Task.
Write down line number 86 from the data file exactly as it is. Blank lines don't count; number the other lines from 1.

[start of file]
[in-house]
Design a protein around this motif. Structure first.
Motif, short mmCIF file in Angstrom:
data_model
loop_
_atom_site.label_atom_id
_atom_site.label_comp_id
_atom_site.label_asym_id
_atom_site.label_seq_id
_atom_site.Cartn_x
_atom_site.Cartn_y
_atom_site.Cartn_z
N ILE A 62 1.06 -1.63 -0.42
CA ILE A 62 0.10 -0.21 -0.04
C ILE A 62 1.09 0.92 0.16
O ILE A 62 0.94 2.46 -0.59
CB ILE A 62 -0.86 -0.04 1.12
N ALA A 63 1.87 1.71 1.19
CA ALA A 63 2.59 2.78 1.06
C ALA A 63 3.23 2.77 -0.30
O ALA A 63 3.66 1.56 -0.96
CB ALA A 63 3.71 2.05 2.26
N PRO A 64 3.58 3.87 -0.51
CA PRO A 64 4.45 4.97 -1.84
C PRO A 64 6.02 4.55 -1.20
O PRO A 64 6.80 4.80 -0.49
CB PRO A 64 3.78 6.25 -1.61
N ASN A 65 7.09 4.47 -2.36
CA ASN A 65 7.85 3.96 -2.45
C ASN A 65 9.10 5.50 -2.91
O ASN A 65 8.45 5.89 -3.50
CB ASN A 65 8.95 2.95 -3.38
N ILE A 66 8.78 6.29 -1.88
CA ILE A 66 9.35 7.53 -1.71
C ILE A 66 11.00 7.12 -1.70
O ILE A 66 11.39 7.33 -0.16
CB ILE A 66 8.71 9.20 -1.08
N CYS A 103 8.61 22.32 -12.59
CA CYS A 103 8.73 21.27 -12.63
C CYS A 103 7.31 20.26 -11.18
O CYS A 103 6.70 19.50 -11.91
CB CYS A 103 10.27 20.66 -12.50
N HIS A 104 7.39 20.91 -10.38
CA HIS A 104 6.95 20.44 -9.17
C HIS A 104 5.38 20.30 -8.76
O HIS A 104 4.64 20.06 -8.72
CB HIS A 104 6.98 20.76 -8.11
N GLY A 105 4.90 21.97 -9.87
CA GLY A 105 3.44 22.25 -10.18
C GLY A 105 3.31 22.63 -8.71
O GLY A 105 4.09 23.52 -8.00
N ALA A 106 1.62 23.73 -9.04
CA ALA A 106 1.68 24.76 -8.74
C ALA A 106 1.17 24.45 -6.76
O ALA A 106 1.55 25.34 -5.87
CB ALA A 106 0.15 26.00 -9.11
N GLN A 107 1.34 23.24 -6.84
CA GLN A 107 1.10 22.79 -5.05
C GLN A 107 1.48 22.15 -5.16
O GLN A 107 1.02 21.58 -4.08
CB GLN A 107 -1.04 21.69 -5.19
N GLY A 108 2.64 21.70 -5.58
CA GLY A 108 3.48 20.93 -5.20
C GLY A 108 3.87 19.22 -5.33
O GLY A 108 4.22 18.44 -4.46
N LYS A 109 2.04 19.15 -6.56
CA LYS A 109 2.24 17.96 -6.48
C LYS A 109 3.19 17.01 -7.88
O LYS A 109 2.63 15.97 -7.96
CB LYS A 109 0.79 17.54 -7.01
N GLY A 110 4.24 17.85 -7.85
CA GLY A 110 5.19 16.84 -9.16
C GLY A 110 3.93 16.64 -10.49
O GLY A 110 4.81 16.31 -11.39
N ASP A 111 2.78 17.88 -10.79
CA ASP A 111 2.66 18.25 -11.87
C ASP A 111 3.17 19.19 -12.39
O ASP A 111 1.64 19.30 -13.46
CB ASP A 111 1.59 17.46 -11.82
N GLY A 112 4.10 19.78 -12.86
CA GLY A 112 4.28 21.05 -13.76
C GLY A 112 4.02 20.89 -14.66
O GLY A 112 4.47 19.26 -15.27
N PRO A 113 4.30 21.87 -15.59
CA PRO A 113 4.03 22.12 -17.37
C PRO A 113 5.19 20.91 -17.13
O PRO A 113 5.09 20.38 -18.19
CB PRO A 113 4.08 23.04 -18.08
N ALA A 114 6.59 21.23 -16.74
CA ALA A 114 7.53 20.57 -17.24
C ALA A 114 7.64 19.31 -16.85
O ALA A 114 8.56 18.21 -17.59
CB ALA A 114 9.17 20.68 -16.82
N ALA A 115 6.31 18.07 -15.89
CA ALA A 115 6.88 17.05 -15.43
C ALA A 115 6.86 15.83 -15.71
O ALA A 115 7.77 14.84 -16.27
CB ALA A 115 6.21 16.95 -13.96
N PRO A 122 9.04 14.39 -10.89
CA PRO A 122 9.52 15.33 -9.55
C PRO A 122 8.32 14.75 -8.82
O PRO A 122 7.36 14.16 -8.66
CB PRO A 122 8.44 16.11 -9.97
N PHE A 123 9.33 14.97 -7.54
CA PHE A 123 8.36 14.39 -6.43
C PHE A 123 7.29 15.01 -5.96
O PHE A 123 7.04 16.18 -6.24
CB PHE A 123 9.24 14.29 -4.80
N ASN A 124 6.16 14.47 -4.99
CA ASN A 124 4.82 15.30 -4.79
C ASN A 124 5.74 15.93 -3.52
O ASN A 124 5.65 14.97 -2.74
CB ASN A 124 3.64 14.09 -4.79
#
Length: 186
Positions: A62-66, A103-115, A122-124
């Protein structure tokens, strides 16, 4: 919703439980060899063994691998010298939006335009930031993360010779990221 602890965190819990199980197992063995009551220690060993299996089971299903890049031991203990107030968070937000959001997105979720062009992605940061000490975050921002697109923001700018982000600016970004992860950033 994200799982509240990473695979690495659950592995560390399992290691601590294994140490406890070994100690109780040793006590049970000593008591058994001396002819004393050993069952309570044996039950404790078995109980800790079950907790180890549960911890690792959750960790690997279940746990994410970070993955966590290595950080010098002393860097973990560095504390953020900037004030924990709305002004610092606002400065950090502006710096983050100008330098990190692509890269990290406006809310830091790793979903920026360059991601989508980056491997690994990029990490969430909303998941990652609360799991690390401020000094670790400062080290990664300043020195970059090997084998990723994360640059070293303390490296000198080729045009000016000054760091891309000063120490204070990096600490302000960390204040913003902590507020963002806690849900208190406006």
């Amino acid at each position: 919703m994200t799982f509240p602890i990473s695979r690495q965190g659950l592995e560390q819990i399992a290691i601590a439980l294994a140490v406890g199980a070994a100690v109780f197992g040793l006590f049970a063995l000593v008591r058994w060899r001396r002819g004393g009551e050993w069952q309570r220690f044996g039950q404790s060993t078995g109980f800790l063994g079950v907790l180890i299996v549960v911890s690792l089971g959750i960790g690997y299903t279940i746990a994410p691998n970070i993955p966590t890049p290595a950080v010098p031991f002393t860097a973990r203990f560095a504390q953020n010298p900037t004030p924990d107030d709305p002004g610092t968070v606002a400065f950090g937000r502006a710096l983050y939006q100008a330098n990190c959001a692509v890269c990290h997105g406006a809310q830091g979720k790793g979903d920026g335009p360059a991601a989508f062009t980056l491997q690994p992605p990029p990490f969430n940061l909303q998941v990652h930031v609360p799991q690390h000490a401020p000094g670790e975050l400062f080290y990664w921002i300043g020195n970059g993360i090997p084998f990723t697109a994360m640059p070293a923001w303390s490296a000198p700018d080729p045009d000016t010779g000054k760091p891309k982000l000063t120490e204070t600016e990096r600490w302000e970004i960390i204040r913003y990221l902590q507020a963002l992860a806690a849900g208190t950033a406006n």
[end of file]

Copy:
C PRO A 113 5.19 20.91 -17.13